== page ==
“All our savings go to IVF…Then you get that negative pregnancy result. There’s another $6,000 gone.” Grace
Grace is one of the tens of thousands of Australian women who have put their faith in fertility treatments to help conceive a much longed for baby.
“Sometimes I feel like I’m a fraud of a woman. I look like one, but my body just isn’t doing what I want it to do, which is to fall pregnant and have a child.” Grace
At 42, she’s been through six unsuccessful rounds of IVF. The physical, emotional and financial toll is huge.
“One of the hardest things is knowing when to get off the bus, like knowing when to stop, because I think there’s that ‘what if it’s this next time’, one more time?” Grace
Julia too, had dreams of becoming a mother, undergoing 8 rounds of fertility treatment.
“I had this longing to have a child …I was hopeful that I would be one of the lucky ones.” Julia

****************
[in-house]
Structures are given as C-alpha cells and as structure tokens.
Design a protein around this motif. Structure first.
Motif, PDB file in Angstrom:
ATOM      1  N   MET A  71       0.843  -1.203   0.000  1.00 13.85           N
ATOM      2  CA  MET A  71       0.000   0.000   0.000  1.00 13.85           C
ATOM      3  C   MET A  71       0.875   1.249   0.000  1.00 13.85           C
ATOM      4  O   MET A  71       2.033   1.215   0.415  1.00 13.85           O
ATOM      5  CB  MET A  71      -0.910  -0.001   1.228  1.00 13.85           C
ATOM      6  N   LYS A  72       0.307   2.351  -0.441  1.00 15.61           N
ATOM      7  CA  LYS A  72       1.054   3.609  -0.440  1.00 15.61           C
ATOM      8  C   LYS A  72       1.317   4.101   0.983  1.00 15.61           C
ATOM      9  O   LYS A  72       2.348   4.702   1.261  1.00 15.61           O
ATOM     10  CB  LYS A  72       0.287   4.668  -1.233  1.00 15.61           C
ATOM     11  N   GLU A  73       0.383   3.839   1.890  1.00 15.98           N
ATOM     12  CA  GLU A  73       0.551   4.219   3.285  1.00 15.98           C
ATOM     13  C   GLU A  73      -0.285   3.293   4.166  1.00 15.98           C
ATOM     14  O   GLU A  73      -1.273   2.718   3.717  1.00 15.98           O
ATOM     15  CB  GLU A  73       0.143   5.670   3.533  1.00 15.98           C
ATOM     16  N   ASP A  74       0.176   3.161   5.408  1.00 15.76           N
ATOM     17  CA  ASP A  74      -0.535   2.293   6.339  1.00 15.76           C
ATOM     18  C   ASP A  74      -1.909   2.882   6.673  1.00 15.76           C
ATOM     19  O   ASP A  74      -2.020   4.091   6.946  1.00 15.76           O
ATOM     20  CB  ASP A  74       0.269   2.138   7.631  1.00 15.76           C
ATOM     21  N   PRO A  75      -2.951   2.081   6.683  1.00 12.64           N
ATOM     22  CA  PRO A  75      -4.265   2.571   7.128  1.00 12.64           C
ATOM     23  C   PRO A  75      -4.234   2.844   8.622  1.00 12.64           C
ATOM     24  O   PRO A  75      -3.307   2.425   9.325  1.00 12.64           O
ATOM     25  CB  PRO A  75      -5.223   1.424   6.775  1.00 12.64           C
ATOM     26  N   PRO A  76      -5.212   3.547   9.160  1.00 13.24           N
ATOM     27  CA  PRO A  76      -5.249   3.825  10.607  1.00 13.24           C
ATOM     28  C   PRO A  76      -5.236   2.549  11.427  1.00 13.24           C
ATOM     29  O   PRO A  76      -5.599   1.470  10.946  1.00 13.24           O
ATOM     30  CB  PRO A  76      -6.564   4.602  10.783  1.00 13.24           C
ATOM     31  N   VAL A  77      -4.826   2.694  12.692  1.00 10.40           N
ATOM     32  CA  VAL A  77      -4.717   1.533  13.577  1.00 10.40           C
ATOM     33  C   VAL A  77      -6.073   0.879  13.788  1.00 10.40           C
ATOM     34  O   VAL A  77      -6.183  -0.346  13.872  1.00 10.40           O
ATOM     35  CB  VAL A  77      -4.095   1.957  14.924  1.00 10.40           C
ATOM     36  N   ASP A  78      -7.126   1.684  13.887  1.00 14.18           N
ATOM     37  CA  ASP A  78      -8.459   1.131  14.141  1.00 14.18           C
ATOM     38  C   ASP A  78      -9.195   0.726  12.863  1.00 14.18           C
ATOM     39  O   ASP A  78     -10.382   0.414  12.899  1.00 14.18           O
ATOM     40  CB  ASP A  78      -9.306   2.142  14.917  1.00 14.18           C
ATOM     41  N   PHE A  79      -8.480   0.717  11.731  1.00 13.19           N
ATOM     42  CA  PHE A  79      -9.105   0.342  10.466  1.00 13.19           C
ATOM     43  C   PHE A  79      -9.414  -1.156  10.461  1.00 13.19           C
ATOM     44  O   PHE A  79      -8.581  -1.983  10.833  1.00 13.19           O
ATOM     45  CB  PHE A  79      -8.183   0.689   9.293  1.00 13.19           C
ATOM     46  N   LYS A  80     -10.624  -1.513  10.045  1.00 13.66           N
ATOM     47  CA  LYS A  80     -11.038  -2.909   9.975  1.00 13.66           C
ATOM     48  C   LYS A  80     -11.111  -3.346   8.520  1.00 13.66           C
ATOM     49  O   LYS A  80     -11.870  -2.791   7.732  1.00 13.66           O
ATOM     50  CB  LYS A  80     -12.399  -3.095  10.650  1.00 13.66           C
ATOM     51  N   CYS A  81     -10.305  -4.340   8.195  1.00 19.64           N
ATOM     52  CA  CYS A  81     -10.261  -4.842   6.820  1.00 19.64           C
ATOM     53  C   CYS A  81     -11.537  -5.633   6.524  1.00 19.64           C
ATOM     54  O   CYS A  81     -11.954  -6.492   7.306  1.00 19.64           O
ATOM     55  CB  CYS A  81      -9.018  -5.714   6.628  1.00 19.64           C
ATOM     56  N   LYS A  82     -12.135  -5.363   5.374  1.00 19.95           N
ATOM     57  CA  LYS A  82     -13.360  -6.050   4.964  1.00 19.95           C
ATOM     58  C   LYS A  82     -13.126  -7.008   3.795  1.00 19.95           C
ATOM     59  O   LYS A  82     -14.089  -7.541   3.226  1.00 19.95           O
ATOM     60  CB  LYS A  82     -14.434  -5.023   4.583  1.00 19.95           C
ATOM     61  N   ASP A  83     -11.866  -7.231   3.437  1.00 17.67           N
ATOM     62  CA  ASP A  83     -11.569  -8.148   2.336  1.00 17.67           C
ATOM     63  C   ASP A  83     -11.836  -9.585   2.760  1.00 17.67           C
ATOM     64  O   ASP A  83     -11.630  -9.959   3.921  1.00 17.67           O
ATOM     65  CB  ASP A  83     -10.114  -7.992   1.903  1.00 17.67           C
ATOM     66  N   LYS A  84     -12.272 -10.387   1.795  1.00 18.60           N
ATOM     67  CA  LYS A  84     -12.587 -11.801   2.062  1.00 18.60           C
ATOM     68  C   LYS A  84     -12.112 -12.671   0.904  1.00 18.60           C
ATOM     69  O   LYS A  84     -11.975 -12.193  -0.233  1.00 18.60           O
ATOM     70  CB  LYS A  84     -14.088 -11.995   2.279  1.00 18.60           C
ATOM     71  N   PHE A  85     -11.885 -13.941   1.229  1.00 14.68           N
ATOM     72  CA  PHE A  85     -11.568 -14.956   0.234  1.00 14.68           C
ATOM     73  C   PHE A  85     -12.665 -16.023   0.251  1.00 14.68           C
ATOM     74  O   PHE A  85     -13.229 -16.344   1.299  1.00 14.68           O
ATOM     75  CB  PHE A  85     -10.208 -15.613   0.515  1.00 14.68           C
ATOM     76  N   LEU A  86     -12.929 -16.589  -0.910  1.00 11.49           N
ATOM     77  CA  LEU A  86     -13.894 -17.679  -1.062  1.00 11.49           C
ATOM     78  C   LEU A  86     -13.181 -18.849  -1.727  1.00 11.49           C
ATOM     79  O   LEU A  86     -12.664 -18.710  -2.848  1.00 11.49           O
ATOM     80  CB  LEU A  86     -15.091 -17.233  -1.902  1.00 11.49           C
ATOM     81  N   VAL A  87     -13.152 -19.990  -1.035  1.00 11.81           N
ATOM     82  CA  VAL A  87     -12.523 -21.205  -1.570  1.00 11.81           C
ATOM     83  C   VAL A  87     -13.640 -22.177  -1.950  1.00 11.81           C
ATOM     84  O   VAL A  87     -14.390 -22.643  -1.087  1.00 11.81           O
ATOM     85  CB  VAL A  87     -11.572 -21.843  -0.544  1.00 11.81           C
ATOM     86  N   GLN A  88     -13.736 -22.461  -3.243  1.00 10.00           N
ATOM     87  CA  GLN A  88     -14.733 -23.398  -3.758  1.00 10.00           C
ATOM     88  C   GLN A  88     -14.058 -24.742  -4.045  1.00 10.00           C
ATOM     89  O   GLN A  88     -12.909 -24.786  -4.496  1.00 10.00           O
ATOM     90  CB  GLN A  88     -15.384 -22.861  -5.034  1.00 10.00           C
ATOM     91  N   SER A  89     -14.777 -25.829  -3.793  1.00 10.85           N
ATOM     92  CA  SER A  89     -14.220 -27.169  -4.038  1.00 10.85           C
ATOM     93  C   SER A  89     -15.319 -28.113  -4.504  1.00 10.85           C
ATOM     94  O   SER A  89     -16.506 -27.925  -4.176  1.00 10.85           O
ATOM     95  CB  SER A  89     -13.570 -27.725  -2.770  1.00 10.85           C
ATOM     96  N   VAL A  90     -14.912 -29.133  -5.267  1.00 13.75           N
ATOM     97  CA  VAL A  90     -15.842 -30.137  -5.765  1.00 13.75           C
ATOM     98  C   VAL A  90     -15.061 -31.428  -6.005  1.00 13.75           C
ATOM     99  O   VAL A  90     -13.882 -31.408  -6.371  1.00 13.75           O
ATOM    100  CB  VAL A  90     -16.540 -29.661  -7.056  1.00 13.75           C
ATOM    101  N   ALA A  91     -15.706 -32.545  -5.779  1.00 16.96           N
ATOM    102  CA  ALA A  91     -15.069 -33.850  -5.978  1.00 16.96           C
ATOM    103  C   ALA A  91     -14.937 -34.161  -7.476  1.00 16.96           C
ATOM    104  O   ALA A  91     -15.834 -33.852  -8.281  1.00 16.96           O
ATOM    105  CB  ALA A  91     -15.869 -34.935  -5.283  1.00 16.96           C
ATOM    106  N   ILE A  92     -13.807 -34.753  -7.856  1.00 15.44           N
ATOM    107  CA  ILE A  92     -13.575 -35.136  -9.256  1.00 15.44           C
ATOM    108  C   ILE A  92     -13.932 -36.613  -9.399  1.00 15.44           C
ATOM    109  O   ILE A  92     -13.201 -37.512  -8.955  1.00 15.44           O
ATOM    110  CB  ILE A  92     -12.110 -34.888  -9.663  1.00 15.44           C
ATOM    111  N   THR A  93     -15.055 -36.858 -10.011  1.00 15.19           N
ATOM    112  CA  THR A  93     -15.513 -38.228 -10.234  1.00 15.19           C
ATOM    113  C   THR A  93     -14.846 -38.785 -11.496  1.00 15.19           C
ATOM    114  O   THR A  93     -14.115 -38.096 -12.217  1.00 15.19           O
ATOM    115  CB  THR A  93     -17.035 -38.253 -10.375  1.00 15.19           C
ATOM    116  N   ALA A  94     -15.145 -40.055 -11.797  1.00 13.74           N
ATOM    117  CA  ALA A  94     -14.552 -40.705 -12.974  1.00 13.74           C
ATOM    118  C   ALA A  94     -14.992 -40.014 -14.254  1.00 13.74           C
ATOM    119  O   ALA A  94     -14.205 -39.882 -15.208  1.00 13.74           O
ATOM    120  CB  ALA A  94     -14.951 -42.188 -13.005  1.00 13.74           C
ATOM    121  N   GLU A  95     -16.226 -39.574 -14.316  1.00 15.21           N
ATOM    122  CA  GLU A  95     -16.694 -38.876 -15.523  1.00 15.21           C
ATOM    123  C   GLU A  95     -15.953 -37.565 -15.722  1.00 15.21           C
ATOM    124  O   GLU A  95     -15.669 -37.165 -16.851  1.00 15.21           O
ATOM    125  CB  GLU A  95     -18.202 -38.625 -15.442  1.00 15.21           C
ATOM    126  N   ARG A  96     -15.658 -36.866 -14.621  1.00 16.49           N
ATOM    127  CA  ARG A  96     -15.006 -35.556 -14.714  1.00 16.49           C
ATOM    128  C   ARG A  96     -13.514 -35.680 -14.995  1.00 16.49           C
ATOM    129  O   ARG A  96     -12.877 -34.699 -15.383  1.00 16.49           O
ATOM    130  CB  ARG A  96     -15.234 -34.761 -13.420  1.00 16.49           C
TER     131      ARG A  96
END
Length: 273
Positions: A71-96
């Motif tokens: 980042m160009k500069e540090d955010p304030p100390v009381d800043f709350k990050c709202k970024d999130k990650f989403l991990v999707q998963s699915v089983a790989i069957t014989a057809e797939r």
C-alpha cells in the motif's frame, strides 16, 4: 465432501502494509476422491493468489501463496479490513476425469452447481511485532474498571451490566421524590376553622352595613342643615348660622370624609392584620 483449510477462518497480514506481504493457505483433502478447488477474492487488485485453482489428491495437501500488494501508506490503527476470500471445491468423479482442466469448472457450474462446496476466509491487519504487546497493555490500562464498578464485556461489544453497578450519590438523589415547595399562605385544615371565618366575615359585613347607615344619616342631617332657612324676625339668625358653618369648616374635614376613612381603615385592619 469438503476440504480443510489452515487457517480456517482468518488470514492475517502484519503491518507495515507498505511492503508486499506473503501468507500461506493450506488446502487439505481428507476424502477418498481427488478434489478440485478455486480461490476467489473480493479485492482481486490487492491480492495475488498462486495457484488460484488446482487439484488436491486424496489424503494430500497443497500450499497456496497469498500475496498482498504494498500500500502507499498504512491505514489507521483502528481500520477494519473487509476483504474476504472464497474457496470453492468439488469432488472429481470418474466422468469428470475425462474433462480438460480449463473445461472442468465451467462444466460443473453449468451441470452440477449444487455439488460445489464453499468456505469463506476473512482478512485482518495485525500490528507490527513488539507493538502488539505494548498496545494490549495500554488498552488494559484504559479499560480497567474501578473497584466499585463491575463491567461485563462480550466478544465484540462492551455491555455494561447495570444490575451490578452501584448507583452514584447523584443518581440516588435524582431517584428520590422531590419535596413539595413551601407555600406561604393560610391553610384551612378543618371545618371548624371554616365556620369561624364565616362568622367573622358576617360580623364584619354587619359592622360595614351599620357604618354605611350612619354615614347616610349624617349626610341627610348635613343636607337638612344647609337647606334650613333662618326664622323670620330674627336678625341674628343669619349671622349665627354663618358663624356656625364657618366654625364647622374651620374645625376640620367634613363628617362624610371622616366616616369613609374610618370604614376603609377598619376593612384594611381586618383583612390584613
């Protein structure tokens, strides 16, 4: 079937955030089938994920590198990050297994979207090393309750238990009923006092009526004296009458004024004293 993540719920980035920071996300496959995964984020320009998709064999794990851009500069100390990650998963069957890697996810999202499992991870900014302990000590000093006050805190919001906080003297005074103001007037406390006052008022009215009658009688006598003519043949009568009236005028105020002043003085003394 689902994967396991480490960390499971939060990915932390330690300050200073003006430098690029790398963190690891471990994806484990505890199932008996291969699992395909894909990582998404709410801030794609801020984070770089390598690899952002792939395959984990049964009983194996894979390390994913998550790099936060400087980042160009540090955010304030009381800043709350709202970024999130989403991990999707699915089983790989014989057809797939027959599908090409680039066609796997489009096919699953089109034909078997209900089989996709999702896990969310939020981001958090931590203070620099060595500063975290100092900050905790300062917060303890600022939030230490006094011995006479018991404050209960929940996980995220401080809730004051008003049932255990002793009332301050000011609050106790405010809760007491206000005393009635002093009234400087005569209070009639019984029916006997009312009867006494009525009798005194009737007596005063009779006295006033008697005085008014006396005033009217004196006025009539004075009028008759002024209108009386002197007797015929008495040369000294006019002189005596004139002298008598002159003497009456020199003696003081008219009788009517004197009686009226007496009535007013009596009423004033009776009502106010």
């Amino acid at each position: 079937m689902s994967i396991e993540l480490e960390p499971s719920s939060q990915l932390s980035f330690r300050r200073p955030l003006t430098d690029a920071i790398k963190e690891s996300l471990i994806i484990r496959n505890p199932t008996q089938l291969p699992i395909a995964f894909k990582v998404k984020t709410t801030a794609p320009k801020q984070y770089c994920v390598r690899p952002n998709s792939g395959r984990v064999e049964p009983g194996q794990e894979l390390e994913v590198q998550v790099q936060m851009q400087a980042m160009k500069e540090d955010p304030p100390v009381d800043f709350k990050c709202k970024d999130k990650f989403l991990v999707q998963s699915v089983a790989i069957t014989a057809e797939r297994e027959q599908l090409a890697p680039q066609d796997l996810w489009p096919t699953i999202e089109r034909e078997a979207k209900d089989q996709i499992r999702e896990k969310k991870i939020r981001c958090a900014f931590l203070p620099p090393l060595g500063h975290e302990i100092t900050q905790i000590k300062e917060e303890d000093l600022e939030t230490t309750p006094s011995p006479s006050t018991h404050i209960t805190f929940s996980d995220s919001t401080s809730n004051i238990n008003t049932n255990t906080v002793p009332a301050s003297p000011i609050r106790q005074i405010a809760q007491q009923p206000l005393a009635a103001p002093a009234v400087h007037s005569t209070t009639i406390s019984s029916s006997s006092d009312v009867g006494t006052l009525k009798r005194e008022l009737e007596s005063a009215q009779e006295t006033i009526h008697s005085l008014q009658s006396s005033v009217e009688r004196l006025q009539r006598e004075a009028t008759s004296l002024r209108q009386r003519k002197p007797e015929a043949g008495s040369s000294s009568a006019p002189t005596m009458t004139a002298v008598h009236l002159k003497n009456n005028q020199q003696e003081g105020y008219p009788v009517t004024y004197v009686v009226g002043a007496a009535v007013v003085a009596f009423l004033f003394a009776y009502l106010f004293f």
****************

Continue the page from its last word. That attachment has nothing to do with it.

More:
And while she willingly put her body in the hands of fertility specialists, she struggled to get a clear answer on just what her chances of having a baby actually were.
“It’s regrettable that I got the more optimistic answer. I would’ve just preferred a more accurate answer.” Julia
This week’s Four Corners looks at the booming business of fertility, where the industry pulls in more than half a billion dollars in revenue, and asks whether clinics are giving women clear, unambiguous advice about their chances of giving birth.
“I think with the commercialisation of IVF that’s occurring, there’s a pressure in every single clinic to use IVF more and IVF brings in more money for a clinic.” Fertility Doctor
– Reported by Sarah Dingle and presented by Sarah Ferguson
Source: The Baby Business – Four Corners